As usual, through a weird series of interruptions and oddities, I saw an older post of Kathryn Cramer’s regarding “What is a blog for?”
This is Kathryn – like, for sure.
So, I still don’t know “what a blog is for.” Kathryn’s post gives 25 answers ca. 2006. Today, those answers could well be “Stonehenge Blog 1.2” or something.
There’s a large snowy white egret outside having an “issue” of some type, being dramatically vocal. Living by the Ballona wetlands, beautiful, large sea and estuary birds frequent my area all the time. In the city, there are millions of people who have no idea of the value of this natural area. The Ballona wetlands are the last coastal estuary and wildlife preserve in Los Angeles County, and they are now only 25% of their original extent. However, for the last 30 years, they have been protected and preserved. I’m now in my second summer season and I see more wildlife this year than last, so these efforts are paying off.
Despite my youth experience working at the San Bernardino County Museum, I am anything but a bird expert (I don’t know, having not been inside the building for a long time, but those kid paintings I did of birds and eggs might very well still be in the giant egg exhibit). I can recognize basic types of birds, but have no idea about fine points of identification. However, I’m pretty sure the terror fish birds are double-crested cormorants, due to the yellow coloration on their beaks. I was able to recognize “cormorant” due to the unique shape of their beaks and moderate size (big to anybody who just sees pigeons, crows and finches on a daily basis). A little Anna’s hummingbird was coming around my patio fairly often, too, and I know from asking Gene the Bird Man about the tiny little eggs and freeze-dried bird bodies that Anna’s is more a Mexican than a California bird. I’ve seen and heard a number of doves, and also owls – of the smaller seaside variety.
Common sense tells me that where there are many birds, seemingly thriving, there must be a lot of life in general. I truly did see the pair of ringtail cats moving sinuously across the road into the reedy marsh last year. Ringtail cats are rare and very precious.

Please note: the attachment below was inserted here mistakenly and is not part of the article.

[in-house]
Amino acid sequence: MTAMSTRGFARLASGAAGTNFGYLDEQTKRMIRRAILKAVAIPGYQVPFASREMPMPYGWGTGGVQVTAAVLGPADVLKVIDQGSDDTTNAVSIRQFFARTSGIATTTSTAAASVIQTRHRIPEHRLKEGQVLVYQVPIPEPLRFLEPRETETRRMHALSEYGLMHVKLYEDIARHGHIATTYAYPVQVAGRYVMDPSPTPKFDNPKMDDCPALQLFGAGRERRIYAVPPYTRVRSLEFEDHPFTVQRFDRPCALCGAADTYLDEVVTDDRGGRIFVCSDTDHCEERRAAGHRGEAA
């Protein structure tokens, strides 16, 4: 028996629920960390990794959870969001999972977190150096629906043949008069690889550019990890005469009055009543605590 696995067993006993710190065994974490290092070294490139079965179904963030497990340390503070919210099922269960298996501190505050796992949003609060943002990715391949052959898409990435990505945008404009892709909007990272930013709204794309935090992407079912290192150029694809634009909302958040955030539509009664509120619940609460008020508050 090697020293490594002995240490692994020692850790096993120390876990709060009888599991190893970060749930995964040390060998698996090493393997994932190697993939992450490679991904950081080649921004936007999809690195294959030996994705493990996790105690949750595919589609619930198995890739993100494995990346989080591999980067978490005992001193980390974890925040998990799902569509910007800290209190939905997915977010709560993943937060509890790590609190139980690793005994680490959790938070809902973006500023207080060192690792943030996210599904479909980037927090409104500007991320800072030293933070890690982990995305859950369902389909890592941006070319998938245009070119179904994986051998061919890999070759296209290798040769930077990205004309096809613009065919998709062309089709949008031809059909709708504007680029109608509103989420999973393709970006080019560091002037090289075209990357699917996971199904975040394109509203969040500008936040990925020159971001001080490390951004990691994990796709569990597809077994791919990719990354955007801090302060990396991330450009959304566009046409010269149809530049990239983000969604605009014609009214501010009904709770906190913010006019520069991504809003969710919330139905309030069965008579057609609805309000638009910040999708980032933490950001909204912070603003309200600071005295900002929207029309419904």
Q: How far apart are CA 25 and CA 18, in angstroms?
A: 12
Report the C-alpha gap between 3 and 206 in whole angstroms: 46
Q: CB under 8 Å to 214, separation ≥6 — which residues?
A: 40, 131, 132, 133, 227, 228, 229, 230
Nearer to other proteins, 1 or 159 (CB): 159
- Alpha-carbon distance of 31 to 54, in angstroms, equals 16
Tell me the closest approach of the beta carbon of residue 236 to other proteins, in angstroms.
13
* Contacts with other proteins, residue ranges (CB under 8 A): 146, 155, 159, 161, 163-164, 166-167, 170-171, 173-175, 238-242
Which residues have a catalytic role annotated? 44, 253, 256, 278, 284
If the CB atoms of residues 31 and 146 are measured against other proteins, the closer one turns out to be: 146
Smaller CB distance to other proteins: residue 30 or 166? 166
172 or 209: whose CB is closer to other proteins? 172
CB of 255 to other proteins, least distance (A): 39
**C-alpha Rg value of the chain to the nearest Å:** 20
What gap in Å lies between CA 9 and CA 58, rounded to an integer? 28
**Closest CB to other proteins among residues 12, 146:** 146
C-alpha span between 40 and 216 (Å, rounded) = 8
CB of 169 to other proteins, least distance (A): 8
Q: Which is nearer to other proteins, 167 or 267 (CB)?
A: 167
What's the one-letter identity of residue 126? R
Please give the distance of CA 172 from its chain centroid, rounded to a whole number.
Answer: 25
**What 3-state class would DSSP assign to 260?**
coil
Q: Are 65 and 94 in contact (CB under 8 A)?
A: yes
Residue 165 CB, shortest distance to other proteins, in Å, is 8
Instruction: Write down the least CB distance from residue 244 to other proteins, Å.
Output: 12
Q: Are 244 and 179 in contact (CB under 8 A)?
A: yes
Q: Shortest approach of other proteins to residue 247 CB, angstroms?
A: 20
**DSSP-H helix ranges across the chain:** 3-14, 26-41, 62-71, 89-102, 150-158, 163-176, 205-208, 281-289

So, for me, after about two and a half years, my blog is where I do near-daily “easy” writing. I combine it with my personal interests, and use it to keep my chops where they should be – at the top of the game. As we are writers in various “communities,” such as the SF/F community, with which I have such a strange love-hate relationship, we all take various approaches. My blog is exactly who I am. I see no point, and have no desire, to pretend to be anything other than I am. I connect to nature so that I can connect others to it via my blog posts. As to my fiction projects, I suppose I’m moving back toward a type of discipline. With the ups and downs of my fiction writing, this too is a strange feeling. However, being able to have this daily dialog via the blog has definitely kept me connected. And, oh now, to the Sublime. Those at BVC are very excited about the hot possibilities of the steampunk anthology that we recently announced. To me – this means that I must write something about one of my other long-time interests and areas of study: the Romantic era. The world seems to have gotten out of the Ada Lovelace era steampunk keyboards and etched Altoid tins. That is not, of course, at all what I see.
What we have today, is a very strange way to connect to each other. I think it encourages broader and shallower connections, whereas in Ada Lovelace’s day, one came to know the people that one knew, far better. Even such secretive INFJ’s such as myself would well be revealed to their intimates, eventually, in the 1840’s. But the things we have today – are the things we have today. And that’s what blogs are for.